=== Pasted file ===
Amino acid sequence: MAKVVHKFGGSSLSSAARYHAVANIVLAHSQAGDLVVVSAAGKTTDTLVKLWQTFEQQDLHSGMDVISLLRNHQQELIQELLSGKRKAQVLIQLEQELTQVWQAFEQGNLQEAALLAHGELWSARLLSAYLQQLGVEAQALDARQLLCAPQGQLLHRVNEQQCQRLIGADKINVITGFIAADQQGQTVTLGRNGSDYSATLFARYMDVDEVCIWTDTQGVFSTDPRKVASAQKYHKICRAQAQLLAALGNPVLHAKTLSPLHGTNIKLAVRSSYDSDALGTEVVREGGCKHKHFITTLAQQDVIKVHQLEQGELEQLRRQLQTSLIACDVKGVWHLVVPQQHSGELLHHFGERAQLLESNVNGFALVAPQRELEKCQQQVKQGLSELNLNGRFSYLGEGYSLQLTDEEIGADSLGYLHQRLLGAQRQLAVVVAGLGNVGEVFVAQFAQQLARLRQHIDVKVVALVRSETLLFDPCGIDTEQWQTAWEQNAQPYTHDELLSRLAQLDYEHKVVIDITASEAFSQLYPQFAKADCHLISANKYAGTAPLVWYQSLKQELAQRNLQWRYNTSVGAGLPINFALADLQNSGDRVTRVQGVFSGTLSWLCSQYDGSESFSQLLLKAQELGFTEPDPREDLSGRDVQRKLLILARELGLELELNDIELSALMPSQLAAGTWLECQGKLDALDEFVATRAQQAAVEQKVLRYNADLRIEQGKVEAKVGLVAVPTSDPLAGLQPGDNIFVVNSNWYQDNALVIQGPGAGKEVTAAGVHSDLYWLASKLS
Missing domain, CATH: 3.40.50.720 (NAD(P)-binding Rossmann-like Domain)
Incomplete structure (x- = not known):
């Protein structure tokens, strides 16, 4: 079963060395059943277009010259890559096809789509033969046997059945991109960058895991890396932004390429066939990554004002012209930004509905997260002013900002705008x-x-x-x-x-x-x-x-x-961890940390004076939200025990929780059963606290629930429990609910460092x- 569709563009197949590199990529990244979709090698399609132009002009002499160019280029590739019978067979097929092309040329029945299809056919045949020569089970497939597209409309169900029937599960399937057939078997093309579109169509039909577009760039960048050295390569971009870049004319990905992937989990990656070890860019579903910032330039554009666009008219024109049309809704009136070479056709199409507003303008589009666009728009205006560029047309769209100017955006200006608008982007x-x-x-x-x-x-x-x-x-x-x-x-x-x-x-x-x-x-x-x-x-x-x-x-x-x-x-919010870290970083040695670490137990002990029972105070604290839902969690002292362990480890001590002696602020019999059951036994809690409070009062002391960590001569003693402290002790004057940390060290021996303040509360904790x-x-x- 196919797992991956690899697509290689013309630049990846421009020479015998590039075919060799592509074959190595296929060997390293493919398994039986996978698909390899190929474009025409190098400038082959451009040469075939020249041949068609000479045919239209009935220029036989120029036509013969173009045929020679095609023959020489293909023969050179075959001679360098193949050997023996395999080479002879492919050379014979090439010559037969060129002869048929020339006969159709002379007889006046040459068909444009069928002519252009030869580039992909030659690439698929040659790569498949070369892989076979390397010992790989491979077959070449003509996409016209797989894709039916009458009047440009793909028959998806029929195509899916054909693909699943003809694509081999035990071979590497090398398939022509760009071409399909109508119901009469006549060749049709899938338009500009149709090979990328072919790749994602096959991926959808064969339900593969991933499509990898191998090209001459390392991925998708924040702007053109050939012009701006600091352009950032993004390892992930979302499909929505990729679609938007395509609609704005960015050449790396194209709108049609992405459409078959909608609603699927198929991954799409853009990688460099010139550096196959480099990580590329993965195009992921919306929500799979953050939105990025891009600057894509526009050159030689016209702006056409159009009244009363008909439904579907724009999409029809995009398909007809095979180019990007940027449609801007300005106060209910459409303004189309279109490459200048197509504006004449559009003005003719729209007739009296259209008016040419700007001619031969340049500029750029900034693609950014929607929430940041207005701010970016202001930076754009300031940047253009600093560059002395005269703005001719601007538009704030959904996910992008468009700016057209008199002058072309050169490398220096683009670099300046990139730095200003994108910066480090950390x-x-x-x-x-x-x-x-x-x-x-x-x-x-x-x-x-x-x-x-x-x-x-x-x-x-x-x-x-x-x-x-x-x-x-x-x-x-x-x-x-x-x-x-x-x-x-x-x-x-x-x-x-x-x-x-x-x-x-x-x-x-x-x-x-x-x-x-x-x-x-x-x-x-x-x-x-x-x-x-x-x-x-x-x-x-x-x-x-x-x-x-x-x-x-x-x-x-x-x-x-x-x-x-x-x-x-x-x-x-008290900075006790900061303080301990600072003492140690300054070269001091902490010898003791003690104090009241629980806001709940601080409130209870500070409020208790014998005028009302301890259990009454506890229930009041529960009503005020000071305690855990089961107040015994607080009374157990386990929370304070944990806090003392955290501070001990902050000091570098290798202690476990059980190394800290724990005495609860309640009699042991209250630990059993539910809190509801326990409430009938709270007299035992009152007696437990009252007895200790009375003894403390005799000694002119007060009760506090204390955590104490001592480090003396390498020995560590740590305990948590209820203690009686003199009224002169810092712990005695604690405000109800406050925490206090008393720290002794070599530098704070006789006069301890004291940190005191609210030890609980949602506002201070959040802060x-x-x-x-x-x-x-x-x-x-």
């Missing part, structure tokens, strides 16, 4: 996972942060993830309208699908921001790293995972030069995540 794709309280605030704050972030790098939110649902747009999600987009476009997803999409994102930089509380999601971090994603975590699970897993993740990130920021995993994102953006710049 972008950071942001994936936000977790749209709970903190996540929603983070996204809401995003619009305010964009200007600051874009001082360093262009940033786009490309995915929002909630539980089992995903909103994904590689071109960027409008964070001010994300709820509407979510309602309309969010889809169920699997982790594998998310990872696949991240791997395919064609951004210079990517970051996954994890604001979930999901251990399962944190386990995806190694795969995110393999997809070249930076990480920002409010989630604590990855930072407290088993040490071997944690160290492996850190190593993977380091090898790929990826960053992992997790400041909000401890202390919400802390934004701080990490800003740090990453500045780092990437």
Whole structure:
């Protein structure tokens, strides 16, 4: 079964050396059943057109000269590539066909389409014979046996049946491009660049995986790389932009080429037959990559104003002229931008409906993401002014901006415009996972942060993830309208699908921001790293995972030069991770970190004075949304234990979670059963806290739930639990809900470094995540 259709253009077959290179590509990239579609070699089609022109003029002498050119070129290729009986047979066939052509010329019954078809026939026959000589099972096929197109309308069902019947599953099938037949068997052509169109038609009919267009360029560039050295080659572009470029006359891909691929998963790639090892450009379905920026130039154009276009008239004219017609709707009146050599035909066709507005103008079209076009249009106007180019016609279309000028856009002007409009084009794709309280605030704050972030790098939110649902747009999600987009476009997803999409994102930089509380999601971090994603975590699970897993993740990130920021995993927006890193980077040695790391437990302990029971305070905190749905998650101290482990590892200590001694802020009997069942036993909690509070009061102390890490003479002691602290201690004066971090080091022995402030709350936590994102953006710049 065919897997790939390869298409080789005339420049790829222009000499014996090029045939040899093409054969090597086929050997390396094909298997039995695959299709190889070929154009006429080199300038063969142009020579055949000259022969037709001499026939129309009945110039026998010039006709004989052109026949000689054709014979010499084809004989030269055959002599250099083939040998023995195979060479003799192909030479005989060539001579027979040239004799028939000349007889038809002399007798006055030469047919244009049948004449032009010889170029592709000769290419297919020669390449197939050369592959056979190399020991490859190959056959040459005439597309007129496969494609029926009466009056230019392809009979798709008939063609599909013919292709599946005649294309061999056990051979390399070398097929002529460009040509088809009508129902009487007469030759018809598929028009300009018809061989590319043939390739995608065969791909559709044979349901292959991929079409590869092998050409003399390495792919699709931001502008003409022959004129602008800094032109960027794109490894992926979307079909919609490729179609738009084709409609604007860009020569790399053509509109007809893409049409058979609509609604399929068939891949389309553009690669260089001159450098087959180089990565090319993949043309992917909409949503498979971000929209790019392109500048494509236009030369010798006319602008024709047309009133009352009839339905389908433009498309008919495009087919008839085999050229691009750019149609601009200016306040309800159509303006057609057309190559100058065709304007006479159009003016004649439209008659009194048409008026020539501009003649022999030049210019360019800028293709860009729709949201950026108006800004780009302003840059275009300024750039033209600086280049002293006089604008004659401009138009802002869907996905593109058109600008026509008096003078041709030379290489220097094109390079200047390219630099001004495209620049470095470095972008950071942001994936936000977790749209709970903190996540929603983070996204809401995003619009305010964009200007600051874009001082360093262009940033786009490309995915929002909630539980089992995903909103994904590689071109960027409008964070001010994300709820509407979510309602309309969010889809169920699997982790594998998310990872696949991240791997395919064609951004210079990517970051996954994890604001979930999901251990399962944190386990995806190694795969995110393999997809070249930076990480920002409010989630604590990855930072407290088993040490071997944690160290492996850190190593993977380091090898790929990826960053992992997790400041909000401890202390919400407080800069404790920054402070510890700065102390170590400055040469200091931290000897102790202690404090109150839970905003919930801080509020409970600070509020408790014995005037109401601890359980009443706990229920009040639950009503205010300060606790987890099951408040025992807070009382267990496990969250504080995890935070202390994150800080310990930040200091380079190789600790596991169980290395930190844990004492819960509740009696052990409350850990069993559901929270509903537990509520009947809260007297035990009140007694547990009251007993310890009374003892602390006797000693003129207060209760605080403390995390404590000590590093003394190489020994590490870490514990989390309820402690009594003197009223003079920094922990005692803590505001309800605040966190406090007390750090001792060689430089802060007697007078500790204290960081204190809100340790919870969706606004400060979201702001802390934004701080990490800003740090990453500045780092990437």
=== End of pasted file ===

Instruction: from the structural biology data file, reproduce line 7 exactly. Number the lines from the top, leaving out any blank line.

């Protein structure tokens, strides 16, 4: 079964050396059943057109000269590539066909389409014979046996049946491009660049995986790389932009080429037959990559104003002229931008409906993401002014901006415009996972942060993830309208699908921001790293995972030069991770970190004075949304234990979670059963806290739930639990809900470094995540 259709253009077959290179590509990239579609070699089609022109003029002498050119070129290729009986047979066939052509010329019954078809026939026959000589099972096929197109309308069902019947599953099938037949068997052509169109038609009919267009360029560039050295080659572009470029006359891909691929998963790639090892450009379905920026130039154009276009008239004219017609709707009146050599035909066709507005103008079209076009249009106007180019016609279309000028856009002007409009084009794709309280605030704050972030790098939110649902747009999600987009476009997803999409994102930089509380999601971090994603975590699970897993993740990130920021995993927006890193980077040695790391437990302990029971305070905190749905998650101290482990590892200590001694802020009997069942036993909690509070009061102390890490003479002691602290201690004066971090080091022995402030709350936590994102953006710049 065919897997790939390869298409080789005339420049790829222009000499014996090029045939040899093409054969090597086929050997390396094909298997039995695959299709190889070929154009006429080199300038063969142009020579055949000259022969037709001499026939129309009945110039026998010039006709004989052109026949000689054709014979010499084809004989030269055959002599250099083939040998023995195979060479003799192909030479005989060539001579027979040239004799028939000349007889038809002399007798006055030469047919244009049948004449032009010889170029592709000769290419297919020669390449197939050369592959056979190399020991490859190959056959040459005439597309007129496969494609029926009466009056230019392809009979798709008939063609599909013919292709599946005649294309061999056990051979390399070398097929002529460009040509088809009508129902009487007469030759018809598929028009300009018809061989590319043939390739995608065969791909559709044979349901292959991929079409590869092998050409003399390495792919699709931001502008003409022959004129602008800094032109960027794109490894992926979307079909919609490729179609738009084709409609604007860009020569790399053509509109007809893409049409058979609509609604399929068939891949389309553009690669260089001159450098087959180089990565090319993949043309992917909409949503498979971000929209790019392109500048494509236009030369010798006319602008024709047309009133009352009839339905389908433009498309008919495009087919008839085999050229691009750019149609601009200016306040309800159509303006057609057309190559100058065709304007006479159009003016004649439209008659009194048409008026020539501009003649022999030049210019360019800028293709860009729709949201950026108006800004780009302003840059275009300024750039033209600086280049002293006089604008004659401009138009802002869907996905593109058109600008026509008096003078041709030379290489220097094109390079200047390219630099001004495209620049470095470095972008950071942001994936936000977790749209709970903190996540929603983070996204809401995003619009305010964009200007600051874009001082360093262009940033786009490309995915929002909630539980089992995903909103994904590689071109960027409008964070001010994300709820509407979510309602309309969010889809169920699997982790594998998310990872696949991240791997395919064609951004210079990517970051996954994890604001979930999901251990399962944190386990995806190694795969995110393999997809070249930076990480920002409010989630604590990855930072407290088993040490071997944690160290492996850190190593993977380091090898790929990826960053992992997790400041909000401890202390919400407080800069404790920054402070510890700065102390170590400055040469200091931290000897102790202690404090109150839970905003919930801080509020409970600070509020408790014995005037109401601890359980009443706990229920009040639950009503205010300060606790987890099951408040025992807070009382267990496990969250504080995890935070202390994150800080310990930040200091380079190789600790596991169980290395930190844990004492819960509740009696052990409350850990069993559901929270509903537990509520009947809260007297035990009140007694547990009251007993310890009374003892602390006797000693003129207060209760605080403390995390404590000590590093003394190489020994590490870490514990989390309820402690009594003197009223003079920094922990005692803590505001309800605040966190406090007390750090001792060689430089802060007697007078500790204290960081204190809100340790919870969706606004400060979201702001802390934004701080990490800003740090990453500045780092990437």